BROOKSVILLE — After five years of testing and millions of dollars in expenses, Hernando County now has a plan to remedy soil and water contamination at the old public works compound in south Brooksville.
County officials submitted their formal Remedial Action Plan on Thursday, the day it was due to the Florida Department of Environmental Protection. The cleanup is the second and final phase of the project, which up until now has consisted primarily of round after round of testing.
The plan is a menu of options led by a recommended solution to each of the types of contamination believed to have come from fuel, solvents and other chemicals once stored on the department's fleet management site.
In the neighborhood where contaminants were found outside the confines of the county's property, the primary plan is to excavate the contaminated soil and replace it with clean fill.
On the property itself, the proposal is to allow the existing asphalt pavement, concrete pads and sidewalks to serve as an "engineering control'' to prevent human exposure to the contamination. A deed restriction would be established to keep that cap in place, according to the report prepared by Cardno TBE, the engineer on the project.
In other areas that are not capped and where arsenic had been found, soil removal and testing is proposed. Monitoring of wells that have not been impacted by petroleum products is proposed and, for the one well that has shown petroleum contamination, a special chemical oxidant product will be used to remedy the problem.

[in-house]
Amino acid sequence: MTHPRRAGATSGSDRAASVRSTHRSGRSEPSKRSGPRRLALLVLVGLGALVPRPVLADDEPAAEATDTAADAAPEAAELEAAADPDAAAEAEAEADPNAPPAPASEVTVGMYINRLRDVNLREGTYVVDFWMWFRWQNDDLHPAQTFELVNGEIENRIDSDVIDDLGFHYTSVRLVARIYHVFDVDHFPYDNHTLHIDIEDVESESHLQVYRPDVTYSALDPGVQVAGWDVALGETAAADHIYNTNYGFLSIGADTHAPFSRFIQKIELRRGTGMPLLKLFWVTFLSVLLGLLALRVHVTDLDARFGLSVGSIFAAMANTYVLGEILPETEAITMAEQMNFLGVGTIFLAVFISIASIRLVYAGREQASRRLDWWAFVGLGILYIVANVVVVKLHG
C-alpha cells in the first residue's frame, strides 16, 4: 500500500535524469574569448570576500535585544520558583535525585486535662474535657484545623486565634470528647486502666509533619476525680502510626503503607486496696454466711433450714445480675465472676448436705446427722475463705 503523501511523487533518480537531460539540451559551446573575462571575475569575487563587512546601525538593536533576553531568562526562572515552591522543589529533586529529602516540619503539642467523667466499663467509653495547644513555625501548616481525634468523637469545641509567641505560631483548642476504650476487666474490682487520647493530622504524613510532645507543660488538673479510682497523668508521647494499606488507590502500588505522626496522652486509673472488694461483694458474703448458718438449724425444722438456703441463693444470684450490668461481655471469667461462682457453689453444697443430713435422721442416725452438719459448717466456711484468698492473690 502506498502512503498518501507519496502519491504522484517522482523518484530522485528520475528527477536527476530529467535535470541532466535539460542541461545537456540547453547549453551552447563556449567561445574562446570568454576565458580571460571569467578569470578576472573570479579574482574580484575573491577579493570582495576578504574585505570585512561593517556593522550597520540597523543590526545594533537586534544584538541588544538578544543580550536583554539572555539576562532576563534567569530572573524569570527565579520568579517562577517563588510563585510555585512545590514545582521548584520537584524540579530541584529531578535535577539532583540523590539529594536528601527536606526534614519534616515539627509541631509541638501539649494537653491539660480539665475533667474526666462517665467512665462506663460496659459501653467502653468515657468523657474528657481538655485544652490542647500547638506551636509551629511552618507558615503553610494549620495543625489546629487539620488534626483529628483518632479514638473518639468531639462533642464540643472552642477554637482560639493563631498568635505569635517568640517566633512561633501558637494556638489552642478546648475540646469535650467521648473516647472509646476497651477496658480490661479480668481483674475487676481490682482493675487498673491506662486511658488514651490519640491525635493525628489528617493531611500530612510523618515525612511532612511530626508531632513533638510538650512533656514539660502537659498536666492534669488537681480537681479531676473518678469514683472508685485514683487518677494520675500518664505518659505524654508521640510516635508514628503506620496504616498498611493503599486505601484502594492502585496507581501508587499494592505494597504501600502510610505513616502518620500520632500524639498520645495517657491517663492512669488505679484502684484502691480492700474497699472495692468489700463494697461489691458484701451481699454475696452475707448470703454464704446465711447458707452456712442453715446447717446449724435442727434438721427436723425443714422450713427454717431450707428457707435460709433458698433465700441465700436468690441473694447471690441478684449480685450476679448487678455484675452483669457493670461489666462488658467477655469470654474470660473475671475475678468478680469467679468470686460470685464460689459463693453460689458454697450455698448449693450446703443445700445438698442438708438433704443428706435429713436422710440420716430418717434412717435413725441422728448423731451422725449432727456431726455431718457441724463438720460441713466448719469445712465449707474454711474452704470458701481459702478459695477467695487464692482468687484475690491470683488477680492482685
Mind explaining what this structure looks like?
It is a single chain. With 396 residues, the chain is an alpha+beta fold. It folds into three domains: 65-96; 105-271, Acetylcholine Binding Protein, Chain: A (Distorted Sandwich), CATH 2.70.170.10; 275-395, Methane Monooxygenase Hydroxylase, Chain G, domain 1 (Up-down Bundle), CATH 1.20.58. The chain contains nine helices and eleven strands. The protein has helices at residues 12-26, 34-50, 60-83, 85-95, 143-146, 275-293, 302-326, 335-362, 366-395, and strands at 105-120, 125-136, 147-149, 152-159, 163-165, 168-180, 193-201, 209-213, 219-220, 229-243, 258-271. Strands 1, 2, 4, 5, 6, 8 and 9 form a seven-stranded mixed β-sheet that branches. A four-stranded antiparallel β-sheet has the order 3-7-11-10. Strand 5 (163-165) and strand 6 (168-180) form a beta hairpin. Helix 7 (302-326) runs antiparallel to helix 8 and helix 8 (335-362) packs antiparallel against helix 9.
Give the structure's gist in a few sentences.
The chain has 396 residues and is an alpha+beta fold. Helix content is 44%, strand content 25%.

Other options are also provided in each of the areas of contamination if they are needed, the report states.
State officials will now review the report and communicate with county officials about any additional information needed. Once the DEP signs off, the county can begin the cleanup process.
Cardno TBE estimates the active remediation will take two years and that all work on the site will be done in three and a half years after the remediation plan is approved.
Cardno TBE was paid $102,777 for their work. The firm was selected from among the county's rotating engineering list after officials raised questions about simply handing the cleanup plan to the same company that had done all the testing on the site, Creative Environmental Solutions Inc.
That firm had in 2005 snagged the original contract for the testing through a no-bid contract for $77,051 and after numerous changes in scope, ended up getting paid more than $2 million.
Barbara Behrendt can be reached at email@example.com or (352) 848-1434.